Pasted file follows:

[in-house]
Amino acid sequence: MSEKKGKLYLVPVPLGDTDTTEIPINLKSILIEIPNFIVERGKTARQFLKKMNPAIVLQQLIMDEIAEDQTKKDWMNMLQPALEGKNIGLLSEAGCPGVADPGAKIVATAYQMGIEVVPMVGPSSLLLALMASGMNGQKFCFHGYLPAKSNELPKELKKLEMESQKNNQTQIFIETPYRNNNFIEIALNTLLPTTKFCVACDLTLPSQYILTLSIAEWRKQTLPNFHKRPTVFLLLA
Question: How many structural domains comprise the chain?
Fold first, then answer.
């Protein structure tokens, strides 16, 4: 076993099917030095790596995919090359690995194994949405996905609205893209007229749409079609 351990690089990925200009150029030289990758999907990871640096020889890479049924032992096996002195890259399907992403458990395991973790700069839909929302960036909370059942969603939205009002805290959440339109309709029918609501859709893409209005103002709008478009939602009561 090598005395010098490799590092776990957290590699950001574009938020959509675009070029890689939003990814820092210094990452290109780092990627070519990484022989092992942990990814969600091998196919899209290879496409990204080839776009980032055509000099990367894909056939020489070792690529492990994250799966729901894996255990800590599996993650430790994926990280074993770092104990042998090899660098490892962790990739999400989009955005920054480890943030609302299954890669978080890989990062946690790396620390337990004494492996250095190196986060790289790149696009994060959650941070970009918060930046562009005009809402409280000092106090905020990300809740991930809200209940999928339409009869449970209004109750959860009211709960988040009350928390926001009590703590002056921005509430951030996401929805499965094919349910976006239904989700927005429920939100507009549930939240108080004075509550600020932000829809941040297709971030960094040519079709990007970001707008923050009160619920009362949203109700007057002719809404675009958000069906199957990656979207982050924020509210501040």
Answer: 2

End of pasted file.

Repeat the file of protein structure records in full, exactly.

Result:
[in-house]
Amino acid sequence: MSEKKGKLYLVPVPLGDTDTTEIPINLKSILIEIPNFIVERGKTARQFLKKMNPAIVLQQLIMDEIAEDQTKKDWMNMLQPALEGKNIGLLSEAGCPGVADPGAKIVATAYQMGIEVVPMVGPSSLLLALMASGMNGQKFCFHGYLPAKSNELPKELKKLEMESQKNNQTQIFIETPYRNNNFIEIALNTLLPTTKFCVACDLTLPSQYILTLSIAEWRKQTLPNFHKRPTVFLLLA
Question: How many structural domains comprise the chain?
Fold first, then answer.
């Protein structure tokens, strides 16, 4: 076993099917030095790596995919090359690995194994949405996905609205893209007229749409079609 351990690089990925200009150029030289990758999907990871640096020889890479049924032992096996002195890259399907992403458990395991973790700069839909929302960036909370059942969603939205009002805290959440339109309709029918609501859709893409209005103002709008478009939602009561 090598005395010098490799590092776990957290590699950001574009938020959509675009070029890689939003990814820092210094990452290109780092990627070519990484022989092992942990990814969600091998196919899209290879496409990204080839776009980032055509000099990367894909056939020489070792690529492990994250799966729901894996255990800590599996993650430790994926990280074993770092104990042998090899660098490892962790990739999400989009955005920054480890943030609302299954890669978080890989990062946690790396620390337990004494492996250095190196986060790289790149696009994060959650941070970009918060930046562009005009809402409280000092106090905020990300809740991930809200209940999928339409009869449970209004109750959860009211709960988040009350928390926001009590703590002056921005509430951030996401929805499965094919349910976006239904989700927005429920939100507009549930939240108080004075509550600020932000829809941040297709971030960094040519079709990007970001707008923050009160619920009362949203109700007057002719809404675009958000069906199957990656979207982050924020509210501040």
Answer: 2